Because human trafficking poses a huge impact on children, GMU UNICEF hopes to raise awareness about not only the issue of human trafficking but the connection and detrimental effects is has on youth.
“While young adults are vulnerable to human trafficking, it is known as an issue that especially affects children and teens,” Banks said. “Domestically and internationally, UNICEF understands the effect that human trafficking can pose to youth. From sex trafficking to forced child soldiers, human trafficking is a multi-faceted issue that is further complicated by poverty. Through UNICEF’s involvement with Shining a Light in the Darkness, we hope that attendees leave with a better understanding of how to help turn the tide of human trafficking.”
The event will feature performances, spoken word, poets, and speakers. Mason professor Al Fuertes will speak at the event about his personal connection to human trafficking.
“Professor Al Fuertes from New Century College will be speaking at the event about his work and research on human trafficking,” said Ahmad. “He has devoted his life as a voice for the voiceless and we are excited to have him.”
Students are encouraged to attend the event to not only gain knowledge for themselves, but to also spread the word about an issue that can often become misconstrued or unnoticed.
“Human trafficking is an issue that is swept under the rug in the United States and worldwide,” Banks said. “At home, human trafficking is seen as simply a problem affecting lower income countries. However, worldwide there is a silence from both families who are forced to resort to selling their children into trafficking, and a silence from the victims themselves. Through attending Shining a Light in the Darkness, we would hope that students can spread accurate and factual information about human trafficking to friends and family.”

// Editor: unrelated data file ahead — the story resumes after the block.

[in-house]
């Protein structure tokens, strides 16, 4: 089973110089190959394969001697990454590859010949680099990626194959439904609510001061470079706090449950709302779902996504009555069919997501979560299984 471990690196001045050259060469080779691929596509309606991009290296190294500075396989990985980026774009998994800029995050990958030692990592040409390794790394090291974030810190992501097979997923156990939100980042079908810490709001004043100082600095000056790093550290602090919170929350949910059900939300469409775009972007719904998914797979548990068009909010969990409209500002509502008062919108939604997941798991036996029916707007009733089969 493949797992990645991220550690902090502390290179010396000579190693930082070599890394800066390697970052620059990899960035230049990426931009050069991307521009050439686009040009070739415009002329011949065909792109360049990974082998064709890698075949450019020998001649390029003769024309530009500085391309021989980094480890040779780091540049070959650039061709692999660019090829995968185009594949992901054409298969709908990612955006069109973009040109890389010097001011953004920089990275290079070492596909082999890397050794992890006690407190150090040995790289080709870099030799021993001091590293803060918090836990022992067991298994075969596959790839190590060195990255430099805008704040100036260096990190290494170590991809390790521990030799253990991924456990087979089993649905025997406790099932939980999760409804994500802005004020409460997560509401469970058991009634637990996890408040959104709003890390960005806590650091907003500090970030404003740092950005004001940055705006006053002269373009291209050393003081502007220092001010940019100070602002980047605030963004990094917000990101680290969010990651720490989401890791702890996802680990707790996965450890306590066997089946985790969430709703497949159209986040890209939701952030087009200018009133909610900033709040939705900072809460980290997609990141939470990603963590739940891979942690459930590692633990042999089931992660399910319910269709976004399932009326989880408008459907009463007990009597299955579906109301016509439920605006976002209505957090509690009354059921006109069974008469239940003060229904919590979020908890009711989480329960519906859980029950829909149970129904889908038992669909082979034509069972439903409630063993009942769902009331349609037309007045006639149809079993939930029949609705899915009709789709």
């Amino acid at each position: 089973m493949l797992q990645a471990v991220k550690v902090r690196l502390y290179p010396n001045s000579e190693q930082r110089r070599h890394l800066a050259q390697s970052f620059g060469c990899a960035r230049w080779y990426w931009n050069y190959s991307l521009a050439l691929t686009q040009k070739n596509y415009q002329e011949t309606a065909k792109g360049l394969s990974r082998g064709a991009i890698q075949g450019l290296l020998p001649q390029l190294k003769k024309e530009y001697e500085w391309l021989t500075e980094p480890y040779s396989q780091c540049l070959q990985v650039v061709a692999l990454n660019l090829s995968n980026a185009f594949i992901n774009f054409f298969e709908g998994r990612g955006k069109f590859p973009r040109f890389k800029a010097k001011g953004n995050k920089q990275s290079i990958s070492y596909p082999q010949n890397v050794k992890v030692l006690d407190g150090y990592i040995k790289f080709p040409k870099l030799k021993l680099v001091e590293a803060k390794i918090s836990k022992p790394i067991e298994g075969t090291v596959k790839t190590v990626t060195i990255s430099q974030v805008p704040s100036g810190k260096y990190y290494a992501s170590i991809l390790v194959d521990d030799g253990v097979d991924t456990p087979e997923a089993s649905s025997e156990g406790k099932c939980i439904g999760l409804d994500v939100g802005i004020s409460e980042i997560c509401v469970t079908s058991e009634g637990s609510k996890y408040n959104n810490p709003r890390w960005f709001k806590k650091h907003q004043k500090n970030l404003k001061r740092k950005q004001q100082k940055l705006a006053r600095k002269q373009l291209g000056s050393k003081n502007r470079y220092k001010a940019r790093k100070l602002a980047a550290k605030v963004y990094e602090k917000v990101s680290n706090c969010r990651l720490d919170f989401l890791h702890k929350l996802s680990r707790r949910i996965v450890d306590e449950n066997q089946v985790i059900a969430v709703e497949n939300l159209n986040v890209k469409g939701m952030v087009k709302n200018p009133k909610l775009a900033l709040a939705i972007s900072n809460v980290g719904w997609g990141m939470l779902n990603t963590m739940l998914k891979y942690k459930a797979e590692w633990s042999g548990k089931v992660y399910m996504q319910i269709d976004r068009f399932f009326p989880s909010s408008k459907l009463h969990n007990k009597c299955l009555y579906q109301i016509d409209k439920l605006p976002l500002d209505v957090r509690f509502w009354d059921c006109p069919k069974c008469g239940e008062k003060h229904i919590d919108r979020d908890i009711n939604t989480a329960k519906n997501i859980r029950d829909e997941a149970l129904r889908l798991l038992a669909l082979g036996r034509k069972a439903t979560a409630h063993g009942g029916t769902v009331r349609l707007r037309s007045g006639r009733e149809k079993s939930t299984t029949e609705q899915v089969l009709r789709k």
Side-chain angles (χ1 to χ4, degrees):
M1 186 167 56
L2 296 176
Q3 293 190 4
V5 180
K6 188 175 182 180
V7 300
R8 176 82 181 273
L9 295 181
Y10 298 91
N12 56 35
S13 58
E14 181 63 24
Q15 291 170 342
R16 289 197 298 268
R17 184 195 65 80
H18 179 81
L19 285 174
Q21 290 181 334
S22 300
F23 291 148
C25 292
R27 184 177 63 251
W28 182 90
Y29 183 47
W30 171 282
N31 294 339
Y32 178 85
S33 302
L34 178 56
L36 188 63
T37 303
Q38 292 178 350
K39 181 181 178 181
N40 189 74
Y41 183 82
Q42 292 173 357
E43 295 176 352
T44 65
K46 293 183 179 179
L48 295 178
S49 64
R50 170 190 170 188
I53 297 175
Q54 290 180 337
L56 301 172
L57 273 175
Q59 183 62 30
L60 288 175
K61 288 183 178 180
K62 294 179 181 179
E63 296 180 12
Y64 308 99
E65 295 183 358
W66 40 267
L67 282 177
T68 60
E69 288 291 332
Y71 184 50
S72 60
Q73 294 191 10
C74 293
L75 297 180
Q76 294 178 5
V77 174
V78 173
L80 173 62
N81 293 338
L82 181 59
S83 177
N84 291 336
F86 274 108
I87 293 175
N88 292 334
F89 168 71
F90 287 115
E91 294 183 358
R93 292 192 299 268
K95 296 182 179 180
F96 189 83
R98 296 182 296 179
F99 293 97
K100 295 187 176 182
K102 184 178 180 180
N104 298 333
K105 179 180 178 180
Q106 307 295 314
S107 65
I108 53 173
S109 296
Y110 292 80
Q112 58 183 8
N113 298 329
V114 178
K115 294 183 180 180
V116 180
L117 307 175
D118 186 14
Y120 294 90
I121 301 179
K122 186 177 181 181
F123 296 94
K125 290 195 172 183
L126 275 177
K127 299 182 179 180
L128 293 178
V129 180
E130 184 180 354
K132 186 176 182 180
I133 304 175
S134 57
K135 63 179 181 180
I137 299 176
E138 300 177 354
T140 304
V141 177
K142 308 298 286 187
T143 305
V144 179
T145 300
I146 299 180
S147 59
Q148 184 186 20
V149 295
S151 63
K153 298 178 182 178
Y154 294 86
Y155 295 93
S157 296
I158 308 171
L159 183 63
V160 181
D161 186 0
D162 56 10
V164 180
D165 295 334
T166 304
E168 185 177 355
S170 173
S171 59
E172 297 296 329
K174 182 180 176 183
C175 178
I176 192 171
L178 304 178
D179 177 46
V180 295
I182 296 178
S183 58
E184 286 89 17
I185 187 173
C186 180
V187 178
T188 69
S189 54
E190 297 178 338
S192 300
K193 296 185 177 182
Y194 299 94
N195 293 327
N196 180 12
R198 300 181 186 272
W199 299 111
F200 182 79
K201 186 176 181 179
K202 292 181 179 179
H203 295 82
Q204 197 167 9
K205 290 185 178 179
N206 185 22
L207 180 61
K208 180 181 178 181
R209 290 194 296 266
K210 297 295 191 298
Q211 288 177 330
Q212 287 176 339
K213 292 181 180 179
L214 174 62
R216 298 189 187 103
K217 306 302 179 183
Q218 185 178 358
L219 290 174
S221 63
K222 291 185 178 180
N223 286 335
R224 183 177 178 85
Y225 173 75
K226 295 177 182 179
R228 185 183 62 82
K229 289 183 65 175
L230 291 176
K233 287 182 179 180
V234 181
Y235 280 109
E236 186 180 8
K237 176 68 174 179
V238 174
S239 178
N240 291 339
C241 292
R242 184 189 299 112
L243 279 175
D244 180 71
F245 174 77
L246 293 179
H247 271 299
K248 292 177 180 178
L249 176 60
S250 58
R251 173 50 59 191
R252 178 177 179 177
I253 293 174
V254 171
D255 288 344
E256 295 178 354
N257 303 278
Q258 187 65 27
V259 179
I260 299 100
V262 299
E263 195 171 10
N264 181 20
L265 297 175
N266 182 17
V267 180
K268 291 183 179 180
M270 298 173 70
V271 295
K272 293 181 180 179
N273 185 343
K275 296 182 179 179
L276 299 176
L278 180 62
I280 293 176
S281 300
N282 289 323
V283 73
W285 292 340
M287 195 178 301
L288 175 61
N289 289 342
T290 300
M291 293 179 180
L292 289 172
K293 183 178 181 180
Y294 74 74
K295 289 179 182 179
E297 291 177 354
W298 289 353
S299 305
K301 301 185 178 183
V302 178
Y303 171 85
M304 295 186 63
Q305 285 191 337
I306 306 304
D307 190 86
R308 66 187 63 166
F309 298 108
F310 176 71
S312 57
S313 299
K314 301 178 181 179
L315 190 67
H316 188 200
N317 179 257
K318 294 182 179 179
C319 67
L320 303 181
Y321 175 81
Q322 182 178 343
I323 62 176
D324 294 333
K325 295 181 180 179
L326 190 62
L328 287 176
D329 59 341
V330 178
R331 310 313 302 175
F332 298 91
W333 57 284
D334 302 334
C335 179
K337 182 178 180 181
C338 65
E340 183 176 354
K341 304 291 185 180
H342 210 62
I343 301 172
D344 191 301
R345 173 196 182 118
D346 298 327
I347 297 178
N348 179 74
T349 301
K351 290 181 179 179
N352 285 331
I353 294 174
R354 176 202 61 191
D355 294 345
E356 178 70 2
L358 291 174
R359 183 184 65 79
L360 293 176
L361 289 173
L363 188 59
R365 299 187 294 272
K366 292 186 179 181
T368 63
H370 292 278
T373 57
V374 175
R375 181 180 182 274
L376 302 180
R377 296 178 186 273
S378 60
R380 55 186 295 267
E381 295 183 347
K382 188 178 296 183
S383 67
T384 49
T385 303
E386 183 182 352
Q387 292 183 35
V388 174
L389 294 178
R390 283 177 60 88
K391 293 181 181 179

Since Mason is a university located in an area where human trafficking is prominent, Banks encourages students to become actively involved with advocacy for this issue.
“George Mason is a heavily involved campus – both politically and socially,” Banks said. “We are also a campus that is surrounded by human trafficking. With education and advocacy comes action, and Shining a Light in Darkness hopes to educate our active campus and to point them in the direction of resources to reverse Northern Virginia’s long-held trafficking statistic.”
Along with attending the event, both Ahmad and Banks encourage students to join advocacy groups on campus and conduct their own research on the issue.
“There are various online resources available to students, including MTVU’s (MTV University) own Against Our Will Campaign,” Banks said. “Their ‘Take Action’ website provides approachable and easy, as well as hard-hitting and impactful ways to get George Mason involved in advocating against human trafficking. Joining clubs like Working Group for Displaced Populations and attending events and discussions centered around human trafficking is an important way to continue educating yourself. Nothing combats human trafficking more than understanding the signs of a human trafficking victim or situation.”